I would see it happening under the heading of “accountability”, taking to the account:
- the political classes,
- the institutions of university and science,
- the spokespersons of those institutions – scientists and intellectuals.
University communities taking political classes to the account is not an uncontroversial proposition. I have seen deeply politically divided campuses in Nepal leading to very destructive outcomes, such as explosions and burnt down libraries; I have also seen clashes between the Islamist and Secularist student activists in Tunisia. But there are also cases such as the student reaction to the kidnapping of students in Iguala, Mexico, in September 2014, where students occupied campuses and read aloud the names of each of the 43 students kidnapped by the police and handed over to a criminal militia for killing, until the perpetrators were arrested and taken to justice.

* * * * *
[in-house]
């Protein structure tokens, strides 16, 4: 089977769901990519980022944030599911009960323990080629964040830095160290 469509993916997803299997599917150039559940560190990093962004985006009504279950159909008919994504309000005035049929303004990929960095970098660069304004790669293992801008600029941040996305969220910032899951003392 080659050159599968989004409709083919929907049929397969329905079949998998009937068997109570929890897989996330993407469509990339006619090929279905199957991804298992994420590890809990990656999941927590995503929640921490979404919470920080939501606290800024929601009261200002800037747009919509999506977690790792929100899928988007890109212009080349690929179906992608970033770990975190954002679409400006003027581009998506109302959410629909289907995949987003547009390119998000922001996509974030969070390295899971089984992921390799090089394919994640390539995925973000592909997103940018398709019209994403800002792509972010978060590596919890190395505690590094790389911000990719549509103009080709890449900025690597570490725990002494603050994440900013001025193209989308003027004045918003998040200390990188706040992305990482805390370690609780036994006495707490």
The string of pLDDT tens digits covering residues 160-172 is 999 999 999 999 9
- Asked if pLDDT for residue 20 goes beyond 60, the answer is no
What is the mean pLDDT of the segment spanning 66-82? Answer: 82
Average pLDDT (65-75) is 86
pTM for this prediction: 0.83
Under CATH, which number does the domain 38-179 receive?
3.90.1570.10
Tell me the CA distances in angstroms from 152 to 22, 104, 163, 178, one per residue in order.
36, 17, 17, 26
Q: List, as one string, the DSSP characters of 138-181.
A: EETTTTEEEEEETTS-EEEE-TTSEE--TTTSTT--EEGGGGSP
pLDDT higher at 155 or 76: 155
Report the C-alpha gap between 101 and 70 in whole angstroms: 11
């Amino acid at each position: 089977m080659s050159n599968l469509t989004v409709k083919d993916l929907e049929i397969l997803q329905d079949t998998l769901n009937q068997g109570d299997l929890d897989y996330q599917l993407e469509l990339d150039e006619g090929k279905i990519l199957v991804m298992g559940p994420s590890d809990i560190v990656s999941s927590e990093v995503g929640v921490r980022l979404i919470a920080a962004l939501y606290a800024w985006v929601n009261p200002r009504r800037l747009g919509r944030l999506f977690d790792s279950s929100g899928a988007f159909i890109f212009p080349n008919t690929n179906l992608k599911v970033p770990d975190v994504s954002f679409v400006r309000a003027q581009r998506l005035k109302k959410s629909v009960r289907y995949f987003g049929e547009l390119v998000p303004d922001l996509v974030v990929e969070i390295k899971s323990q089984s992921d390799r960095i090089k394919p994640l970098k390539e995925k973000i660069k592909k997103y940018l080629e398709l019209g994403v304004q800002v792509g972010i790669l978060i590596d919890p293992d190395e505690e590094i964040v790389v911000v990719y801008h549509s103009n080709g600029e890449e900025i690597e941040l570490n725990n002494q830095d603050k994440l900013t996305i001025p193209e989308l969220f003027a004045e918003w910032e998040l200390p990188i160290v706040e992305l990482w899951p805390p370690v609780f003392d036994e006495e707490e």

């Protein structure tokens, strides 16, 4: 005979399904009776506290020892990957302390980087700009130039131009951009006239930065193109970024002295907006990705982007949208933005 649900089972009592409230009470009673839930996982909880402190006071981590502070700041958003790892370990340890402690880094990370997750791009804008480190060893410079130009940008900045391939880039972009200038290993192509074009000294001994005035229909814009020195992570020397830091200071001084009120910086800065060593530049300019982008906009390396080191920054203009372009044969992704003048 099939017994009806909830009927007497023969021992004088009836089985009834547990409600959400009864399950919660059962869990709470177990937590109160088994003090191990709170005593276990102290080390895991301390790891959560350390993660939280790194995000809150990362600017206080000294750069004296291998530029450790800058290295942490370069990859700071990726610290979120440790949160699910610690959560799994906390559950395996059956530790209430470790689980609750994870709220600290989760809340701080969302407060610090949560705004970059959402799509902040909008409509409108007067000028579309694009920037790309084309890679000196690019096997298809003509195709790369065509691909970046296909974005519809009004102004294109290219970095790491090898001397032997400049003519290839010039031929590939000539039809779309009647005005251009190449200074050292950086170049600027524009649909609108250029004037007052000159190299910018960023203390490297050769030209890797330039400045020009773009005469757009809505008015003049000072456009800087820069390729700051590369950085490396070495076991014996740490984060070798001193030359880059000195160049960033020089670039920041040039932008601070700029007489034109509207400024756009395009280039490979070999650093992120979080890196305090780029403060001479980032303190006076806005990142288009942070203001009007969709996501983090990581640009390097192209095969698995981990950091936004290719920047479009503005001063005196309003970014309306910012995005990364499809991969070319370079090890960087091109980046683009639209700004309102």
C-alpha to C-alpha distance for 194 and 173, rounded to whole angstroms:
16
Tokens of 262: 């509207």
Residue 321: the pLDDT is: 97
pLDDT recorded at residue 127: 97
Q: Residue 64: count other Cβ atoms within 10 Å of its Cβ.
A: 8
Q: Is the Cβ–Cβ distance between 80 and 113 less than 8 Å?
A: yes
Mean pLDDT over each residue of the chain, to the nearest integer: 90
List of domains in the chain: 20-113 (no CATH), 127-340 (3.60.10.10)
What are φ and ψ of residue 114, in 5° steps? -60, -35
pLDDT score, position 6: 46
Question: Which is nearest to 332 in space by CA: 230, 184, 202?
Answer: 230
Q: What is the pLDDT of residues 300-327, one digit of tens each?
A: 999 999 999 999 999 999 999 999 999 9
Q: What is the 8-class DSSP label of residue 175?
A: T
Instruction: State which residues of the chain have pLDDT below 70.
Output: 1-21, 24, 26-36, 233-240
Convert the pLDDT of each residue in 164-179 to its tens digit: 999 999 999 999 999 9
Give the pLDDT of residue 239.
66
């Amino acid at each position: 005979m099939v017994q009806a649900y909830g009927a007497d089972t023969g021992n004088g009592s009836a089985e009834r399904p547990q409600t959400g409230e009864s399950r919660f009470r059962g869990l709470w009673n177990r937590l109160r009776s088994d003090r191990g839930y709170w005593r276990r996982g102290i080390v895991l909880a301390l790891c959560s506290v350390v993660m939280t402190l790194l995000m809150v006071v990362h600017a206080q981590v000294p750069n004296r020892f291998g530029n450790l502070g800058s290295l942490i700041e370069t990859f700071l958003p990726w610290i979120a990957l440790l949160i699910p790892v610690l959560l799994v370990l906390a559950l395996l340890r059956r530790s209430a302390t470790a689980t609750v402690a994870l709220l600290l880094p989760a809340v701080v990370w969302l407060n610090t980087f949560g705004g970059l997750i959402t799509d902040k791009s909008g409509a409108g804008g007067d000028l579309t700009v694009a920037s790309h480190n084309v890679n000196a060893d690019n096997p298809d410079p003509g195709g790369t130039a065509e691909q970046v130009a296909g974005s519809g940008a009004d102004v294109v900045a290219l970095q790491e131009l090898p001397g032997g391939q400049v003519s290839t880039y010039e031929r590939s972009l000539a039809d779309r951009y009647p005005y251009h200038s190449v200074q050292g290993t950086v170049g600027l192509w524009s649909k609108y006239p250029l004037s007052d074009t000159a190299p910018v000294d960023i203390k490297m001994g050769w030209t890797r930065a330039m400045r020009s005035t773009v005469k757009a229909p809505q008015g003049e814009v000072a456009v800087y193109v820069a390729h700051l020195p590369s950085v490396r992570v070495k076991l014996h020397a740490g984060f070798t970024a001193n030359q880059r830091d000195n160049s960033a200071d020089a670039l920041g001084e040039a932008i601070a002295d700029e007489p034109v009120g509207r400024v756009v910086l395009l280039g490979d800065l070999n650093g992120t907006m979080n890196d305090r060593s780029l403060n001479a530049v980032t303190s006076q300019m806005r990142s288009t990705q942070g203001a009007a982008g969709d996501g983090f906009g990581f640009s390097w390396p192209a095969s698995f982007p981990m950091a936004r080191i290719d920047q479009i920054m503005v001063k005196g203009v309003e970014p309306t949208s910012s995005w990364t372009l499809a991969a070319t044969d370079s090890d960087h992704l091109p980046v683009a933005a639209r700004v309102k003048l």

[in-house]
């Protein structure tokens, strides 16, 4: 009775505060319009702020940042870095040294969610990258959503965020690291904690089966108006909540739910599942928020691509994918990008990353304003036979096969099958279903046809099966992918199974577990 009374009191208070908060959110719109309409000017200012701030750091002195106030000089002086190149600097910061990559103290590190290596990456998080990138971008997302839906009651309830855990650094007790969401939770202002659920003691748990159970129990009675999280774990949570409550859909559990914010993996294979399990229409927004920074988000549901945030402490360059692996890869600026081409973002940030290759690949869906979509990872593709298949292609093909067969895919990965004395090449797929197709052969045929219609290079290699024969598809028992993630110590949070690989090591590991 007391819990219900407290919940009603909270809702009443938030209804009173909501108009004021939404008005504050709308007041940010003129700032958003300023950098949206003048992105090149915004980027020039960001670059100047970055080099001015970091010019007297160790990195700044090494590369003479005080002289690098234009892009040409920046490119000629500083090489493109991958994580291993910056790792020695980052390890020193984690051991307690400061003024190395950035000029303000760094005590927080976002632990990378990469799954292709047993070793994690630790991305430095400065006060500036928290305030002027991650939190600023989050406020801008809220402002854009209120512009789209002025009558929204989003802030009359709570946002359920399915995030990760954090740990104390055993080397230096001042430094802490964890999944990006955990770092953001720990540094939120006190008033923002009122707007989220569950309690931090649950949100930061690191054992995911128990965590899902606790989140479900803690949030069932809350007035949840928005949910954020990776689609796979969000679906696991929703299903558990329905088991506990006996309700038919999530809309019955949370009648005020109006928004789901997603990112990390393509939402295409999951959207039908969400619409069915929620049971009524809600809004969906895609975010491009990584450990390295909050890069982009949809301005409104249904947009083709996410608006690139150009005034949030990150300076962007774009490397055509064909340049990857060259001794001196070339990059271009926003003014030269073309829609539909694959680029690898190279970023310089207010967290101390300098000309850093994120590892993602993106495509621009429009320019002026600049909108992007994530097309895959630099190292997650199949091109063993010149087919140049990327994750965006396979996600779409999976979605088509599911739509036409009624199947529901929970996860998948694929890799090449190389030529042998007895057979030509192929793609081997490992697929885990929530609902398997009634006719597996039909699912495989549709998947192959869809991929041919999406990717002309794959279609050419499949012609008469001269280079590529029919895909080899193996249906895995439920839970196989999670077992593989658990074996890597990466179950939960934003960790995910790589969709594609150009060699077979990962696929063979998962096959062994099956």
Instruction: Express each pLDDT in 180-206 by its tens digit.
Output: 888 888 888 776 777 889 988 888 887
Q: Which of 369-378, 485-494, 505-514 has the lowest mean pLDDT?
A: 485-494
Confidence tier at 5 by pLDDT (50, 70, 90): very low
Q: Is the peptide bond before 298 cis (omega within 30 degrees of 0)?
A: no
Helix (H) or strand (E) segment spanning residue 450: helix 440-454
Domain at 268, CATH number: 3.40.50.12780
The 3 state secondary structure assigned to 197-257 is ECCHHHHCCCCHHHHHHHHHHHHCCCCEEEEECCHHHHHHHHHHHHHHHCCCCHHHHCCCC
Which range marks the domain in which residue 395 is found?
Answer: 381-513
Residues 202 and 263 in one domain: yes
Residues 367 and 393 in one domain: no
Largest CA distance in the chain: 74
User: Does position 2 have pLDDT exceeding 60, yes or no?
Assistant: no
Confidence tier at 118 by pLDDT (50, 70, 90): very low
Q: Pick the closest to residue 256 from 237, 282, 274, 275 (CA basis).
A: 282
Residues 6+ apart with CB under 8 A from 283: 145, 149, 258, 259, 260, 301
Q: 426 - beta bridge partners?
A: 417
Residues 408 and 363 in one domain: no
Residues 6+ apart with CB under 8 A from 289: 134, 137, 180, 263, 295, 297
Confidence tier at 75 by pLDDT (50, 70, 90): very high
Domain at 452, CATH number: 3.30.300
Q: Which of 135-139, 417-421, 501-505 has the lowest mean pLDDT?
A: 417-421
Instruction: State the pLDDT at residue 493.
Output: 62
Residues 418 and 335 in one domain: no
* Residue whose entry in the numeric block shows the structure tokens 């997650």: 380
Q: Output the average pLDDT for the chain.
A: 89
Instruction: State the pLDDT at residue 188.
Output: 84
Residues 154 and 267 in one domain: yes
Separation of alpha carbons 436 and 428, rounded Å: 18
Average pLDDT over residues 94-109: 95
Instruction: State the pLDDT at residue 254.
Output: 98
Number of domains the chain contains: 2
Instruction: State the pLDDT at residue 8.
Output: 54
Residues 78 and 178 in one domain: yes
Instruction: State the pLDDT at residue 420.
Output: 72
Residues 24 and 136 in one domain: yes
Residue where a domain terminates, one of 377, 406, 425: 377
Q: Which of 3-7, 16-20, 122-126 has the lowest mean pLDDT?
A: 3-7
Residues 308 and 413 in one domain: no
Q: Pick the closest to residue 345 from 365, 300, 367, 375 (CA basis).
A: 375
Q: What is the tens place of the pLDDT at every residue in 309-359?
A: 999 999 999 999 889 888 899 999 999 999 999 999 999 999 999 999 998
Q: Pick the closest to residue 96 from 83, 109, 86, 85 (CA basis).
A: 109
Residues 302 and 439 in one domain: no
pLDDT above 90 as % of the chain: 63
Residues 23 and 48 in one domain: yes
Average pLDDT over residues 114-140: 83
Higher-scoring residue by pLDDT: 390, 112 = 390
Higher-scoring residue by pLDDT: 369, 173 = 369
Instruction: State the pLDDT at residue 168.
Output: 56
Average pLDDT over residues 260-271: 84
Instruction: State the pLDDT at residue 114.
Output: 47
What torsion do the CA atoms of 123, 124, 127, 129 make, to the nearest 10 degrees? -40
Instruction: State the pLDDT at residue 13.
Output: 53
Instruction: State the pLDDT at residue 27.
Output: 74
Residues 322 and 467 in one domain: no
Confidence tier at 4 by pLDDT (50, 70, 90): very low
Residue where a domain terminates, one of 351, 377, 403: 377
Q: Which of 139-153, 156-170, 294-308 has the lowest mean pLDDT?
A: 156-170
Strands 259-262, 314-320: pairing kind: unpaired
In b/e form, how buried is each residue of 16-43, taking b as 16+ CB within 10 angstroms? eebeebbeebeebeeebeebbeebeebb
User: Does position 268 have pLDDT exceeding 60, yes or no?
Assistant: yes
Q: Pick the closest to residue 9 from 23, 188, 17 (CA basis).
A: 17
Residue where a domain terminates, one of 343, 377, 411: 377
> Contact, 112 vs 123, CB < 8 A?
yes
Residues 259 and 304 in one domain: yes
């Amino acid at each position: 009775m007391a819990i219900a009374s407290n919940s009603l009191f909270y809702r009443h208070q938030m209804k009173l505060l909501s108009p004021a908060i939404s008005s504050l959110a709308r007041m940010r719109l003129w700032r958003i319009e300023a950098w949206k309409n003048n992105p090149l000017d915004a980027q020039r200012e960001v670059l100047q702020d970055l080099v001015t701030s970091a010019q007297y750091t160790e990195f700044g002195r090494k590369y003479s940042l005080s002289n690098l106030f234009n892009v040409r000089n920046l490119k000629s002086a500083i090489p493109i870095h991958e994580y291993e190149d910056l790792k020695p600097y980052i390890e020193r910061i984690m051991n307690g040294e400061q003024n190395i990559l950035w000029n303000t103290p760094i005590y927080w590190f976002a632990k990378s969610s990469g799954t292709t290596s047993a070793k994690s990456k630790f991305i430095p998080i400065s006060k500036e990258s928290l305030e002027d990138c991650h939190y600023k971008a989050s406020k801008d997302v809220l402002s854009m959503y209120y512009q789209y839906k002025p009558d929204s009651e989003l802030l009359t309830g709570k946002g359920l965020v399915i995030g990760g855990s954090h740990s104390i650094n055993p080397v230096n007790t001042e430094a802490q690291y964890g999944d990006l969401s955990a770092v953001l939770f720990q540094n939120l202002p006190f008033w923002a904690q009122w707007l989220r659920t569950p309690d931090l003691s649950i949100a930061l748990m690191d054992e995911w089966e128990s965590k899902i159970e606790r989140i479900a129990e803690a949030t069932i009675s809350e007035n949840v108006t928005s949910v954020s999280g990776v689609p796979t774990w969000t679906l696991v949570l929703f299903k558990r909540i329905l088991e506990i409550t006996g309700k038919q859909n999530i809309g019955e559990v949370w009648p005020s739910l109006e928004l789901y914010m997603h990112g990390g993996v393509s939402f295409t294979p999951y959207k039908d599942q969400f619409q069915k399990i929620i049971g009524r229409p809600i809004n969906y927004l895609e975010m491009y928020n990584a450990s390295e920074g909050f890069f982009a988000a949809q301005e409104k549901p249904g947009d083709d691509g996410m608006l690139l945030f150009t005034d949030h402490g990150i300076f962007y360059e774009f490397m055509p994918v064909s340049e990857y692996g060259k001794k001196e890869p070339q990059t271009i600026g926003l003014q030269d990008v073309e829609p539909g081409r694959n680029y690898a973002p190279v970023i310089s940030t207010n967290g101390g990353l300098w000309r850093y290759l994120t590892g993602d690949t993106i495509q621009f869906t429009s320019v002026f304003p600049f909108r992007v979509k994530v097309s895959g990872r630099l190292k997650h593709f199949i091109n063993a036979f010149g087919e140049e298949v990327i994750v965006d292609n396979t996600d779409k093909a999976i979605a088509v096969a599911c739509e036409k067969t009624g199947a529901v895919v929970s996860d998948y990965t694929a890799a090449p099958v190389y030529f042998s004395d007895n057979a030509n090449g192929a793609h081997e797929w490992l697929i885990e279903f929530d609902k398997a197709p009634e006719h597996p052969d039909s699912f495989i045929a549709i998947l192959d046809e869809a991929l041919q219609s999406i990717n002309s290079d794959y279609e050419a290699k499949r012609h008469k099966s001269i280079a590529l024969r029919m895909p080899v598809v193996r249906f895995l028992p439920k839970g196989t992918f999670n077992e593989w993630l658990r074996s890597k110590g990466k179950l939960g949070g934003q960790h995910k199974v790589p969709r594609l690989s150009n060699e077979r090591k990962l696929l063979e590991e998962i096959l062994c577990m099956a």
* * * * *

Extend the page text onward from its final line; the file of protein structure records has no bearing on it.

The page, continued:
Universities fall often short of their promises and, as Weiler has suggested, taken university to the account may be a rather complicated matter. I do believe that students can possibly play a significant role here. Historically Higher Education Support Program of OSF has worked for example with the Anti-Corruption Student Network in South-East Europe taking universities to the account on issues of corruption – nepotism, bribery and others all they way on the misuse of public funding.
Critically analyzing the discourses manufactured by academics and intellectuals is perhaps even a more complex matter. To demonstrate Science overreaching in its claims requires a high degree of professional competence, but still needs to be done to avoid what Feyerabend called “the tyranny of science”. But it is also about the value science, particularly social sciences being practiced. Jacques Ranciere in his critique of Pierre Bourdieu as a “sociologist king” argues for example how the allegedly critical work of the guru does deliver precious little in terms of a social change, quoting along the lines Bourdieu himself:
The sociologist would be, generally, the scientist [savant] and physician of self-denial. By not changing the ranking of the lowly ranked, he would give them ‘the possibility of taking on their habitus without guilt or suffering’ (Ranciere, 2004).